I am done with 60% of the book and couldn't hold myself from writing something, anything, about the book, with my half-open sleepy eyes.
When I beganI am done with 60% of the book and couldn't hold myself from writing something, anything, about the book, with my half-open sleepy eyes.
When I began this book, I wanted to love Pamuk. Through his interviews and talks, the reviews of his books, and my experience with Snow, I have made some strong opinions about him, which I wanted to change in the course of reading this novel. The opinions remain unscathed, so far, but I almost liked him.
Some observations so far: 1. Osman and Janan are too similar to Ka and Ipek: the male hero (overtly) sentimental, sensitive, vulnerable. The female hero mysterious and angelic. 2. Young people masturbate and watch Porno. Pamuk's insistence related to the religious/moral weather in Turkey? 3. His novel(s) is(/are) superbly planned, writing lacks precision. Too many words (bad), too many themes (good), too many layers (awesome). 4. Pamuk is IMPORTANT. Political reasons. He has contributed tremendously to the postmodern literature (been an avant-garde?) but his voice - where it comes form and what it says - is too crucial in our times. The New Life was a rage in Turkey. What does that mean? Some people picked up this book and their whole life was changed. 5. I am a bad reader. This book, that I will finish in about 3 weeks, will need at least three more weeks of re-reading (and brooding) to be able to even appreciate or denounce the work. All I am able to achieve in my first reading is reaching closer to the end. 6. I will never be able to love Pamuk the writer. Have immense respect, awe, for Pamuk the conjurer, the engineer of ideas, the political philosopher, the explorer of sub-cultures, the voice on the "West".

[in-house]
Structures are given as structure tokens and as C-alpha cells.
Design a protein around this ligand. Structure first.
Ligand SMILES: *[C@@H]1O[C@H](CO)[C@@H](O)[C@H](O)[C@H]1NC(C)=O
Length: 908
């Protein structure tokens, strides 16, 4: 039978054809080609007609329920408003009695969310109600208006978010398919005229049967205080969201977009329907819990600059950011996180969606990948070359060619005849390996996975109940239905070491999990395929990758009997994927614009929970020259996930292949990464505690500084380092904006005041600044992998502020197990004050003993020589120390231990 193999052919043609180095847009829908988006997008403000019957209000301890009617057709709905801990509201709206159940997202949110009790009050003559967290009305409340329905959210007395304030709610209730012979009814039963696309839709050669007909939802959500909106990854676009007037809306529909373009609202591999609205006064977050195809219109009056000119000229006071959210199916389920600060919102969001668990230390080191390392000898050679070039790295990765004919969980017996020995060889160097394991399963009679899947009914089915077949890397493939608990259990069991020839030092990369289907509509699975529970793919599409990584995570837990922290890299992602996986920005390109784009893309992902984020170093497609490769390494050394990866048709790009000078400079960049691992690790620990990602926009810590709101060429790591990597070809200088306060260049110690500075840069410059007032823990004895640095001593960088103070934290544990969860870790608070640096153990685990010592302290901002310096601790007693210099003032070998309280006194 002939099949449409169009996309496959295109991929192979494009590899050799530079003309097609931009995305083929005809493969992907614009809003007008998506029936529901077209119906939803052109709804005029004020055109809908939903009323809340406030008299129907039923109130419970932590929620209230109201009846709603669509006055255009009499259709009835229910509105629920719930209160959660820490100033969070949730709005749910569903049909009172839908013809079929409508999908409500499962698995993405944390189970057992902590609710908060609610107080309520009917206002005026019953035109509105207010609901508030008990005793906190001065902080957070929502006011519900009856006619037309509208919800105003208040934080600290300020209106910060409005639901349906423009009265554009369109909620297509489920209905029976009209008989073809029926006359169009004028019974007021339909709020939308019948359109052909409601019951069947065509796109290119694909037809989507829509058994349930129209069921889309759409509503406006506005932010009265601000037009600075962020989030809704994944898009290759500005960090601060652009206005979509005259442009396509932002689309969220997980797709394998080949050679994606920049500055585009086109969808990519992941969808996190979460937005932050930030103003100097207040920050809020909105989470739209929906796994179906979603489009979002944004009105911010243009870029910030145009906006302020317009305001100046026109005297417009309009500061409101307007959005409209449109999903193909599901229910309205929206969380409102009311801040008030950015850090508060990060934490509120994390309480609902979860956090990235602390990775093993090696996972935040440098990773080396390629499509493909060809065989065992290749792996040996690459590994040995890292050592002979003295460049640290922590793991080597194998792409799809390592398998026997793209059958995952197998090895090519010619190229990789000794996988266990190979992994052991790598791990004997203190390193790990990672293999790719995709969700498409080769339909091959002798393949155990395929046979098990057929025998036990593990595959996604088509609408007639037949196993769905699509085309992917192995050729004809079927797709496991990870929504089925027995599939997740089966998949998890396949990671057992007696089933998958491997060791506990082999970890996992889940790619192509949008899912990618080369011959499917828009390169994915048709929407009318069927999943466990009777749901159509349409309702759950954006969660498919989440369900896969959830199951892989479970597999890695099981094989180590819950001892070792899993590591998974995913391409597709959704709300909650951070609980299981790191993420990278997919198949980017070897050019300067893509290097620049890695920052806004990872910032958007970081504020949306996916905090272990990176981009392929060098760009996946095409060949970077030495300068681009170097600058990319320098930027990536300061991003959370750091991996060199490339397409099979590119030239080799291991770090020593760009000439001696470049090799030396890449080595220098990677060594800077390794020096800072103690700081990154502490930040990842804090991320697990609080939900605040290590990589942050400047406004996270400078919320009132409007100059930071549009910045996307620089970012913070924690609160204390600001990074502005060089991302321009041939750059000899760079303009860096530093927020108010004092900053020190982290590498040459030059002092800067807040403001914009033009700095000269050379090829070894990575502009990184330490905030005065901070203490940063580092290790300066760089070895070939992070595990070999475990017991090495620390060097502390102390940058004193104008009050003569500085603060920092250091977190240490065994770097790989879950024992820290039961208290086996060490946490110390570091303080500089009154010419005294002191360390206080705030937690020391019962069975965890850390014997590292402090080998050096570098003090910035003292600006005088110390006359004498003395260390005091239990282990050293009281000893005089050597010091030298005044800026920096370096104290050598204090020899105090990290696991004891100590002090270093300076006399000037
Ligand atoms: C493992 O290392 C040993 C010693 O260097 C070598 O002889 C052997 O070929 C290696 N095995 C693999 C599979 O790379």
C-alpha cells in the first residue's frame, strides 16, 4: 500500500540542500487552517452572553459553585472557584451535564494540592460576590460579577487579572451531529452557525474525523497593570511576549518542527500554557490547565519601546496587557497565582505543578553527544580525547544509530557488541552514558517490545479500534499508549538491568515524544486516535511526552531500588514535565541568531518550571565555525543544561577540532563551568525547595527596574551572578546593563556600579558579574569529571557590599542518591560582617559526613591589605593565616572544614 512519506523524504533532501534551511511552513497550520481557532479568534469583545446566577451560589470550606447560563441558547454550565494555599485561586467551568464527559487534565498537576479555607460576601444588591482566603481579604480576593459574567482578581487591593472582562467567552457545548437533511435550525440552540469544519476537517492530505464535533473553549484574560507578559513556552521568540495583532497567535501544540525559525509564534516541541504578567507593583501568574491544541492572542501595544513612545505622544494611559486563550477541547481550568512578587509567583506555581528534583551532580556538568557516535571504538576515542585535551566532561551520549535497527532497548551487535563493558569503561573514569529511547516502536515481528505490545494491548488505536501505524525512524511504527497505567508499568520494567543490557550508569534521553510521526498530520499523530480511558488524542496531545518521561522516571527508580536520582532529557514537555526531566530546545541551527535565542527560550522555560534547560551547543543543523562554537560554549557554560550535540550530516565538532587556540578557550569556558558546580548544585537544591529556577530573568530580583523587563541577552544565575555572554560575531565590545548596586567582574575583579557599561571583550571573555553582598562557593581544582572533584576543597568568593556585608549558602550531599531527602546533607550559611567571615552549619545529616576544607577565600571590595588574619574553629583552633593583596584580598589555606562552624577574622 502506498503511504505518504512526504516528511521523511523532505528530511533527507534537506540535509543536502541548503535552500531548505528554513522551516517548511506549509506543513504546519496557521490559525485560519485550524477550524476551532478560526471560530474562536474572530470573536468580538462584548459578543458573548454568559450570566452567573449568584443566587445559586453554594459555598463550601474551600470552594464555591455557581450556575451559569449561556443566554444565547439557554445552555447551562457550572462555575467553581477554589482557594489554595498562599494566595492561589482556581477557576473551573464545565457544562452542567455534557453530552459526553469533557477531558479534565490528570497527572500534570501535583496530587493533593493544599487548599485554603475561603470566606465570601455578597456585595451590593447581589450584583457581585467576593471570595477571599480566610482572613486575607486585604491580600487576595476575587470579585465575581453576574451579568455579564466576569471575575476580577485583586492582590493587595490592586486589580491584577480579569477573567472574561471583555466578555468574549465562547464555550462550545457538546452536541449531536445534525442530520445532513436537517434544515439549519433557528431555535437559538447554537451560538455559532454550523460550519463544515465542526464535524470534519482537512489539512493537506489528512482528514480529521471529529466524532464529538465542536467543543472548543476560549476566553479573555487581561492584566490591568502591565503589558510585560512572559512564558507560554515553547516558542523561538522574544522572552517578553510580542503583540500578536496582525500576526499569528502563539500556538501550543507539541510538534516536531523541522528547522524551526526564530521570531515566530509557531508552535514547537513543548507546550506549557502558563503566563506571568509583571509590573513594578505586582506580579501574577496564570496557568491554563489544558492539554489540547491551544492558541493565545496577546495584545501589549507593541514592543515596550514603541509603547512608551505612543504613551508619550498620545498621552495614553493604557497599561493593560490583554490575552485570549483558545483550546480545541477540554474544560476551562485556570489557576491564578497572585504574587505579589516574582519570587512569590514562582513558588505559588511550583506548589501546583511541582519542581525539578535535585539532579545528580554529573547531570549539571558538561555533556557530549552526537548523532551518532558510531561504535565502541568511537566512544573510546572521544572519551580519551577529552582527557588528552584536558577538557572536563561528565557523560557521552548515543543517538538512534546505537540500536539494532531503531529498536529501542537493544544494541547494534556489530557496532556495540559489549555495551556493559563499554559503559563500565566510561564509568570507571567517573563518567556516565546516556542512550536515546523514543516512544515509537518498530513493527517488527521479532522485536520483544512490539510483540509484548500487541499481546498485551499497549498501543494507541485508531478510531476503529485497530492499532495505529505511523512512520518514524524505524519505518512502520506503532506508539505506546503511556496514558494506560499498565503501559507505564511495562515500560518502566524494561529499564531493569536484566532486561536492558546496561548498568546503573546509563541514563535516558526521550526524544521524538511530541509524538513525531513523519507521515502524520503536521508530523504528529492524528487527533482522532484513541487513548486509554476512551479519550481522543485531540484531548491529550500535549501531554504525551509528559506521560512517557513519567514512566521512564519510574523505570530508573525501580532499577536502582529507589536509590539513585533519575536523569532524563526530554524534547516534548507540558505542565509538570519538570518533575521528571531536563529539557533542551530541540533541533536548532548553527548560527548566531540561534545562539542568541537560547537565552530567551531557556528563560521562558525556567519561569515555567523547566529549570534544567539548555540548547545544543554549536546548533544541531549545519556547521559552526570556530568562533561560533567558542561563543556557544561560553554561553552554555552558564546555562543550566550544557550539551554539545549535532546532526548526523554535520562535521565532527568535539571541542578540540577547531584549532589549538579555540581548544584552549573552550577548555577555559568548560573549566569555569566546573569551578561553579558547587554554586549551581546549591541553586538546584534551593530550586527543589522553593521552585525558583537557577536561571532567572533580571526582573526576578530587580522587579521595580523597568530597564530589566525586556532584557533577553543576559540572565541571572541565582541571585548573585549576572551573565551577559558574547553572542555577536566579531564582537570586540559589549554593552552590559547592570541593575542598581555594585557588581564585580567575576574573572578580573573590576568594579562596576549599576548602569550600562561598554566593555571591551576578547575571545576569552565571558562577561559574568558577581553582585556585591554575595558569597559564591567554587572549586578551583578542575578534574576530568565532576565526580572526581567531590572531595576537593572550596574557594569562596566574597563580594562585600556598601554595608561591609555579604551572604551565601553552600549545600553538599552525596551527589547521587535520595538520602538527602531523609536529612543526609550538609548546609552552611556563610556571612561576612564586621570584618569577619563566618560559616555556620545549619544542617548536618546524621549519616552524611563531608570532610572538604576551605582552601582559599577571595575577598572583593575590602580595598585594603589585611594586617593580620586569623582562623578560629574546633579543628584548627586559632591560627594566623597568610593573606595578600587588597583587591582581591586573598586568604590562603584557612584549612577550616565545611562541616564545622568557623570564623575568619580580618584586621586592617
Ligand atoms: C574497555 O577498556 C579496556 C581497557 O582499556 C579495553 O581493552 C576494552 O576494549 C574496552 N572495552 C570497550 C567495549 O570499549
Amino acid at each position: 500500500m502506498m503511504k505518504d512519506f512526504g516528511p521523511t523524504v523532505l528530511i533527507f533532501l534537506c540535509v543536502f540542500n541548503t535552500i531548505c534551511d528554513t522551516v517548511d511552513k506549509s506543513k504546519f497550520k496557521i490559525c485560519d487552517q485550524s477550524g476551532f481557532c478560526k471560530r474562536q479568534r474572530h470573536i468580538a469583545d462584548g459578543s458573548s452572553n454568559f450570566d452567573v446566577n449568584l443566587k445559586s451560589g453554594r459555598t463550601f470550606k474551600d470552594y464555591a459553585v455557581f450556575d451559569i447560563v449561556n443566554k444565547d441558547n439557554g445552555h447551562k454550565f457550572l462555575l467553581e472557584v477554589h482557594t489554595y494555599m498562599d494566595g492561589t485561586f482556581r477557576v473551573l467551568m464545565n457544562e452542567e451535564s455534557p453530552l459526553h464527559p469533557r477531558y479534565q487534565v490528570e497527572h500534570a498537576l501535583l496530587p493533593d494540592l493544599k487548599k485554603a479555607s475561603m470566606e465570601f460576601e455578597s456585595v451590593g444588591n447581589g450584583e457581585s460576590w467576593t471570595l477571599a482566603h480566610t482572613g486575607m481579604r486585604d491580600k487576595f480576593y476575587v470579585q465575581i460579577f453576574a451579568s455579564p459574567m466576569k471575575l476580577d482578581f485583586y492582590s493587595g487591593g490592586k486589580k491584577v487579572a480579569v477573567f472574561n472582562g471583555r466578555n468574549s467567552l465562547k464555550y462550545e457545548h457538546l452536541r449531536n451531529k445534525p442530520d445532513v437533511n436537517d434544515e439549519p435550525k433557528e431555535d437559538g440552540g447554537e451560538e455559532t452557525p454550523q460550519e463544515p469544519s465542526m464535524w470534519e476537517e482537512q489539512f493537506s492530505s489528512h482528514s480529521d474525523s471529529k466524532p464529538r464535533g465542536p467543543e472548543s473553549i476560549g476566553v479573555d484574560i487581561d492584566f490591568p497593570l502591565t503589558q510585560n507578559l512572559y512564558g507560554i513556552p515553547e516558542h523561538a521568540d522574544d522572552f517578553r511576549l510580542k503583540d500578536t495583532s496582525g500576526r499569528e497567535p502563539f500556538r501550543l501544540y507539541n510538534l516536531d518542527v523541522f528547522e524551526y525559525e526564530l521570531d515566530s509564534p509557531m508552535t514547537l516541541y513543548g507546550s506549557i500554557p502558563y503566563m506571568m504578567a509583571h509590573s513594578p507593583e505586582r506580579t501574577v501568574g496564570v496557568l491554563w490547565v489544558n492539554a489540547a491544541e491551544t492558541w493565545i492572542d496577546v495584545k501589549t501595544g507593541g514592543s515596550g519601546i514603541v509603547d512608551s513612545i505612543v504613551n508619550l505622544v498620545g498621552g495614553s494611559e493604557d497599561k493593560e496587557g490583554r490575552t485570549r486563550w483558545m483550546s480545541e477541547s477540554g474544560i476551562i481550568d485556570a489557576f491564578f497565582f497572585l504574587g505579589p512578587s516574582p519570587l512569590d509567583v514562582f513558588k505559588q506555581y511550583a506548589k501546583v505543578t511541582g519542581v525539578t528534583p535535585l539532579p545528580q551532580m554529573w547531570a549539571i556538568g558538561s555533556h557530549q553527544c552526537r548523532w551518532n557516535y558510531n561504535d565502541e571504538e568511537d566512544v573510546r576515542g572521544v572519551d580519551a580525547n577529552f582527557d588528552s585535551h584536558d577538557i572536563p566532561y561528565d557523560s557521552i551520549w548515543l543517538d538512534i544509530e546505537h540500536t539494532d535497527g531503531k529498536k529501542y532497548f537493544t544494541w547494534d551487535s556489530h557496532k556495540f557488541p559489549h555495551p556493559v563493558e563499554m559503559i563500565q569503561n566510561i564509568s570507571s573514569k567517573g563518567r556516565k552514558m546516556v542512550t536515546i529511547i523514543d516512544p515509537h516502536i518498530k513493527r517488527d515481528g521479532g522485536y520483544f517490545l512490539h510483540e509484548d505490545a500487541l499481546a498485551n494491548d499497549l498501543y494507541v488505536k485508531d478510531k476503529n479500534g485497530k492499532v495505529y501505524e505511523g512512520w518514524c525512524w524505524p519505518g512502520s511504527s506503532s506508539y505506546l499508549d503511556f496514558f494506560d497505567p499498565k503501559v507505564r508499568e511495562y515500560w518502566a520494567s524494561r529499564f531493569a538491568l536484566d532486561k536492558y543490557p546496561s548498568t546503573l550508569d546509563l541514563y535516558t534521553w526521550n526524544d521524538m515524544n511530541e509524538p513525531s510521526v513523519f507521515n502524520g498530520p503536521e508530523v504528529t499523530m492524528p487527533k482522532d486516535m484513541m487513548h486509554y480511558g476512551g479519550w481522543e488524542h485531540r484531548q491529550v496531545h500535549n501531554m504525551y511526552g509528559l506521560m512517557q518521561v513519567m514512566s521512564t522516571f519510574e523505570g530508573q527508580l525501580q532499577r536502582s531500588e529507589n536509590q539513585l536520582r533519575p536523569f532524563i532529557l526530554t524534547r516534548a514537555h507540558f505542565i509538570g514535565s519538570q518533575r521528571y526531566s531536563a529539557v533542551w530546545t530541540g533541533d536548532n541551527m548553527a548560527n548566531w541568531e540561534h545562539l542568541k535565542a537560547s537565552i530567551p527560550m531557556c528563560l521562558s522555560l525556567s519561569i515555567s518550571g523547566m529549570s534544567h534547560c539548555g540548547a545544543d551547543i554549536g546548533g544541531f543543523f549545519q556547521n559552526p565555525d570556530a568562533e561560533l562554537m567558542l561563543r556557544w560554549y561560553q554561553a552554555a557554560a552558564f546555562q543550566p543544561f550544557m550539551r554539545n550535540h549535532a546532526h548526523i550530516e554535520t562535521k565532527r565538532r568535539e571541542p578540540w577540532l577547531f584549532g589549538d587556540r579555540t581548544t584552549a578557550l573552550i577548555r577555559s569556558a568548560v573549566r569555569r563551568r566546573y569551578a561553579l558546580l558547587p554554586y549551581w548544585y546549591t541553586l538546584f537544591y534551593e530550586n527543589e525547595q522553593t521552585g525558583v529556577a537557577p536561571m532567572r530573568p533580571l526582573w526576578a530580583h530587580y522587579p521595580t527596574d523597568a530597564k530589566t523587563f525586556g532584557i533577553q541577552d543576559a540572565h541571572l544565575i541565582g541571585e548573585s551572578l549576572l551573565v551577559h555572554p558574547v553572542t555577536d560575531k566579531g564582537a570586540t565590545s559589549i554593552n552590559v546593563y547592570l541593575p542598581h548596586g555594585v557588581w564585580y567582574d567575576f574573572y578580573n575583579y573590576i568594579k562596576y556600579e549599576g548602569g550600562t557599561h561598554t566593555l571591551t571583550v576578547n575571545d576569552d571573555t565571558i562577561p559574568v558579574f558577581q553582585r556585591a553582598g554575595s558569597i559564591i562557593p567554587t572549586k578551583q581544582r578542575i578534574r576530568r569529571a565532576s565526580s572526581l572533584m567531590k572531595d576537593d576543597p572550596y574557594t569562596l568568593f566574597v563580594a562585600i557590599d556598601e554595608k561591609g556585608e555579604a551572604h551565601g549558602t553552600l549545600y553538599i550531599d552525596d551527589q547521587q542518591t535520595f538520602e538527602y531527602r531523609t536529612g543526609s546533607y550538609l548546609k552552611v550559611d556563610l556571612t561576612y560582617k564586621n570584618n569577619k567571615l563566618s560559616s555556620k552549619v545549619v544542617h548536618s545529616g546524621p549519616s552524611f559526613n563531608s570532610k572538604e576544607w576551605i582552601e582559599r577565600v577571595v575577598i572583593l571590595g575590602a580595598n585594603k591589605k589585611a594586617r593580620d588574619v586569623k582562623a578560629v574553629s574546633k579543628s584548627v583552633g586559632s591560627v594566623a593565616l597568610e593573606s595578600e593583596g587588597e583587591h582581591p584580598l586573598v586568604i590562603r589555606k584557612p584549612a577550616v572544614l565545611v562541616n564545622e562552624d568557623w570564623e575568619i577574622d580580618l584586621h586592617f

Back Cover: First published in 1915, Knulp was Hesse's most popular book in the years before Demian. This is the first edition in English. Knulp is an amiBack Cover: First published in 1915, Knulp was Hesse's most popular book in the years before Demian. This is the first edition in English. Knulp is an amiable vagabond who wanders from town to town, staying with friends who feed and shelter him. Consistently refusing to tie himself down to any trade, place, or person, he even deserts the companion who might be considered Hermann Hesse himself the summer they go tramping together. Knulp's exile is blissful, gentle, self-absorbed. But hidden beneath the light surface of these "Tales from the Life of Knulp" is the conscience of an artist who suspects that his liberation is worthless, even immoral. As he lies dying in a snowstorm, Knulp has an interview with God in which he reproaches himself for his wasted life. But it is revealed to Knulp that the whole purpose of his life has been to bring "a little homesickness for freedom" into the lives of ordinary men. ...more
I would rate Hunger as the second greatest novel I have read, the greatest being Joyce's Portrait. This is how novels Ought to be written - describingI would rate Hunger as the second greatest novel I have read, the greatest being Joyce's Portrait. This is how novels Ought to be written - describing, in Hamsun's own words, "the whisper of the blood, and the pleading of the bone marrow".